NY: Citadel Press/Kensington Publishing, 2001.
Anyone who proposes to recommend the fifty “must-read” or “core” books in any field is going to start arguments — but that’s probably a good thing. Wooster is a long-time professor of U.S. history with a string of publishing credits of his own having to do with the Civil War, and his opinions are certainly worth considering. The problem, of course, is that the War is undoubtedly the single most popular publishing topic in American history, more than 50,000 works having been written to date. A couple dozen of those have been big sellers and controversy-magnets among the general reading public, and have won Pulitzers and National Book Awards.
It’s that audience Wooster is writing for here, not his fellow academics, and so he tries, mostly successfully, to write simply without over-simplifying the complex issues involved. He excludes multi-volume works, though, which I think is a mistake: All Civil War buffs are going to be familiar with Shelby Foote, Bruce Catton, and Douglas Southall Freeman. (He tries to save himself by choosing only one volume from each of their trilogies, which seems a bit silly.) Still — no Virgil Carrington? No Allan Nevins? No James G. Randall? A few authors rate more than one work in the list, and I can’t argue with that. Some authors, like James McPherson and Kenneth Stampp, are simply far more productive and influential than most. The principal excluded class that some readers might quarrel with is first-person accounts; all the books in this list are secondary works. These are important to scholarship but there are so many caveats one must be aware of, especially having to do with context, that I can’t bring myself to argue with that decision, either. Finally, Wooster prefers to emphasize the larger picture, including politics and diplomatics, rather than individual battles or even campaigns — with the notable exception of Landscape Turned Red, Stephen Sears’s extraordinary analysis of Antietam.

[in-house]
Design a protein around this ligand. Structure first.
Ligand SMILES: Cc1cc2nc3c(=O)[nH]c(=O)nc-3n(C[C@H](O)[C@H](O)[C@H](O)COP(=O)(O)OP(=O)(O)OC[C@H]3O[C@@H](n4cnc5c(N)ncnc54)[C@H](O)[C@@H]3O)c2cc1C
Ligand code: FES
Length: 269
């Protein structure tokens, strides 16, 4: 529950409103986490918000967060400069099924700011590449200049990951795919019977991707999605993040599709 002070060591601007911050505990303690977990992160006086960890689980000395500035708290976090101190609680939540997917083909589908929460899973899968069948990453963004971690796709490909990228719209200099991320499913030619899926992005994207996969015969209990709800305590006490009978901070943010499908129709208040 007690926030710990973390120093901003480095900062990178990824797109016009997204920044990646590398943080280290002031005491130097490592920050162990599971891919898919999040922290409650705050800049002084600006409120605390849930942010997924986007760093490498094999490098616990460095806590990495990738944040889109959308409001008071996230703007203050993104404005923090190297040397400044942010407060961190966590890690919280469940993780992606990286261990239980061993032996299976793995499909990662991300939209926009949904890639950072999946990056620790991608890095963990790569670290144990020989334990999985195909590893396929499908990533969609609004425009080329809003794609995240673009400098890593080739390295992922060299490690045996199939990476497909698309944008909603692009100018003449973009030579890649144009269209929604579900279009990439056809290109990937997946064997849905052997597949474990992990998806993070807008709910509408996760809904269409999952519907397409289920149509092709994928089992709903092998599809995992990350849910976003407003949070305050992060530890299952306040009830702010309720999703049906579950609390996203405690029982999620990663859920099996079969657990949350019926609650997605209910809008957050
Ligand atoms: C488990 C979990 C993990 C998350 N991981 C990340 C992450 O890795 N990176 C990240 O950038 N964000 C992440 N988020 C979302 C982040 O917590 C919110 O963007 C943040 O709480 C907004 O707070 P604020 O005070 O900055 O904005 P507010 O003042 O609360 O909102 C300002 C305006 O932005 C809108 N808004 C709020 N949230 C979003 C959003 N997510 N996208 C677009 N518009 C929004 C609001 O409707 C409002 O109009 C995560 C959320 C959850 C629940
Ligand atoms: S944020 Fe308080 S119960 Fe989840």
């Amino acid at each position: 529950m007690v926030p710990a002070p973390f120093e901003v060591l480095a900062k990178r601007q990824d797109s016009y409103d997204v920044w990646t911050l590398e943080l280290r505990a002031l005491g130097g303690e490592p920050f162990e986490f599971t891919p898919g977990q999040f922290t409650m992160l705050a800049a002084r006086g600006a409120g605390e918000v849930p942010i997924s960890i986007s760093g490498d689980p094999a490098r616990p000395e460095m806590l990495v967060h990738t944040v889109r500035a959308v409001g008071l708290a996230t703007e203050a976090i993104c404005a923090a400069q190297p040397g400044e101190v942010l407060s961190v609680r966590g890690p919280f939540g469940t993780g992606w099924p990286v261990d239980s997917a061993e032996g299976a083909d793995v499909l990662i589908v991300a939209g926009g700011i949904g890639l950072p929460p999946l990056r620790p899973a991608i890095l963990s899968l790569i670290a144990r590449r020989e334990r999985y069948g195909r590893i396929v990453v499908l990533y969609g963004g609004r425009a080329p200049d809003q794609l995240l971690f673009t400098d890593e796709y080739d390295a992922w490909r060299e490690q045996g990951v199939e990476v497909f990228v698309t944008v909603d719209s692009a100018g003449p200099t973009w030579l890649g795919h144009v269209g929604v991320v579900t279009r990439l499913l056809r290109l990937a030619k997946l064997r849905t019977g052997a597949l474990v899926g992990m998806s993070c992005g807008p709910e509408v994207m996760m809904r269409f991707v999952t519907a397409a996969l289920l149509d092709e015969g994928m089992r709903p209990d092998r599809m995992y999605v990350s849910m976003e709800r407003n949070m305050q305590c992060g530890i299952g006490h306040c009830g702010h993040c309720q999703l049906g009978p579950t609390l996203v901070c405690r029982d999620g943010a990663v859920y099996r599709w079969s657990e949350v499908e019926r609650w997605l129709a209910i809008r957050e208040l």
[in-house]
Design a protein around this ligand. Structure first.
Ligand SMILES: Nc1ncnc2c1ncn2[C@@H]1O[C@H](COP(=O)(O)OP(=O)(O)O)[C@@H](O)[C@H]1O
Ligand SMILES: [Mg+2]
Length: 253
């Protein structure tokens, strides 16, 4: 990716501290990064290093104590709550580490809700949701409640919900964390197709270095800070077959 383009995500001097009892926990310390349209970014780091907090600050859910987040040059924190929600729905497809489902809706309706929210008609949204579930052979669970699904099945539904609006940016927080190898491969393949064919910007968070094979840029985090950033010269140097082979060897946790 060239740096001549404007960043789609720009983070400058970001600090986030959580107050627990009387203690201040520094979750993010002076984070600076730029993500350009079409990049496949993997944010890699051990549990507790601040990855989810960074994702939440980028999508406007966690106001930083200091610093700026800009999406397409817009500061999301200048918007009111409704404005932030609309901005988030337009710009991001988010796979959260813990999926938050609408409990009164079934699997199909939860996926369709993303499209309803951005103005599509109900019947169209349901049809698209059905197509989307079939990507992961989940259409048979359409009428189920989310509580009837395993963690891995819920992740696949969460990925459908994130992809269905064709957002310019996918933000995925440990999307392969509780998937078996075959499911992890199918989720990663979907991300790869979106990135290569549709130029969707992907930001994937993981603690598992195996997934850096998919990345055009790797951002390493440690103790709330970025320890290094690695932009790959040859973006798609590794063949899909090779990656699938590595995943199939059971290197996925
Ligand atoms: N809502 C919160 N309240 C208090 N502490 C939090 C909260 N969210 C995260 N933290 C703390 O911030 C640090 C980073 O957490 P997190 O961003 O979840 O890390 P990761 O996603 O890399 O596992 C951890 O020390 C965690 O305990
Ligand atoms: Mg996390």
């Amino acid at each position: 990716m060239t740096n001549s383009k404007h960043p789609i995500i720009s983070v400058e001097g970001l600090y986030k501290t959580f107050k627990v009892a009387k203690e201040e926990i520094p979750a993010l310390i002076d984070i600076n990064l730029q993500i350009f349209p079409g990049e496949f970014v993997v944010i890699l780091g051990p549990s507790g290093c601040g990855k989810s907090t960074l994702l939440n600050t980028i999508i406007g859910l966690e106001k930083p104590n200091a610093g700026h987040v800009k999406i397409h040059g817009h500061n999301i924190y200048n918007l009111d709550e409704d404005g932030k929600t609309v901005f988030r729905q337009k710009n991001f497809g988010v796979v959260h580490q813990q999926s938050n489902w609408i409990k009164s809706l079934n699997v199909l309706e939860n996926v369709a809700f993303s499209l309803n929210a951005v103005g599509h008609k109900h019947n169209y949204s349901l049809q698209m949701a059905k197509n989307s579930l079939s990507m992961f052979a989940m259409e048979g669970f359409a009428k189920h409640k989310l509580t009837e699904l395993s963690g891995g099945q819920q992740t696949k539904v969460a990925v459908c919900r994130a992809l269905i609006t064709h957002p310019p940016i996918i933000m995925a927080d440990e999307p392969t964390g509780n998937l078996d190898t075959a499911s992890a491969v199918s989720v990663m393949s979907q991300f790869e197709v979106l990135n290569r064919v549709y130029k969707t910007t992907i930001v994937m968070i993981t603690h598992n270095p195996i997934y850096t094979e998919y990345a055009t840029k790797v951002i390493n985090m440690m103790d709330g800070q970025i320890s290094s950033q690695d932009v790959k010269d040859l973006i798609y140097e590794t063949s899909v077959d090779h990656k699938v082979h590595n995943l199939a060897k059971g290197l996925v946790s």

Wooster doesn’t merely recommend a certain collection of books about the Civil War, however — he dares to rank them in order of importance, by which he means not only the key nature of the subject matter but a work’s readability and accessibility by a general audience. By these standards, it’s difficult to argue with his choice for No. 1: James McPherson’s brilliant and insightful Battle Cry of Freedom. Going through the list, I find that I have read, over the years, forty-five of the fifty. (No, I won’t admit which titles I haven’t read.) And I own personal copies of twenty of them, . . . but I’m a career librarian from a large system, with ready access to any of these titles. My own favorites aren’t necessarily the same as Wooster’s. I’m very partial to Bell Wiley’s The Life of Johnny Reb (though I would have included his parallel volume on “Billy Yank”), and to Frank Vandiver’s Rebel Brass, and to Kenneth Stampp’s And the War Came. And I’m not sure I would have included Litwak’s Been in the Storm So Long, which is far too strident and politically correct for my taste, or Howard Jones’s Union in Peril, which is simply too narrow in its subject matter for a comparatively restricted list like this one. But I definitely agree with the author’s choice of best fictional treatment of the War: Shaara’s Killer Angels, a mesmerizing narrative which I have reread several times in the thirty-odd years since it was published. The only negative thing that might be said about Wooster’s list is the unavoidable one — that it is now a decade out of date. I would be interested in seeing what additional three or five books published since 2000 he would add to his earlier choices. As I said, this book will engender arguments. It was meant to. So read it, and be better prepared for the next one.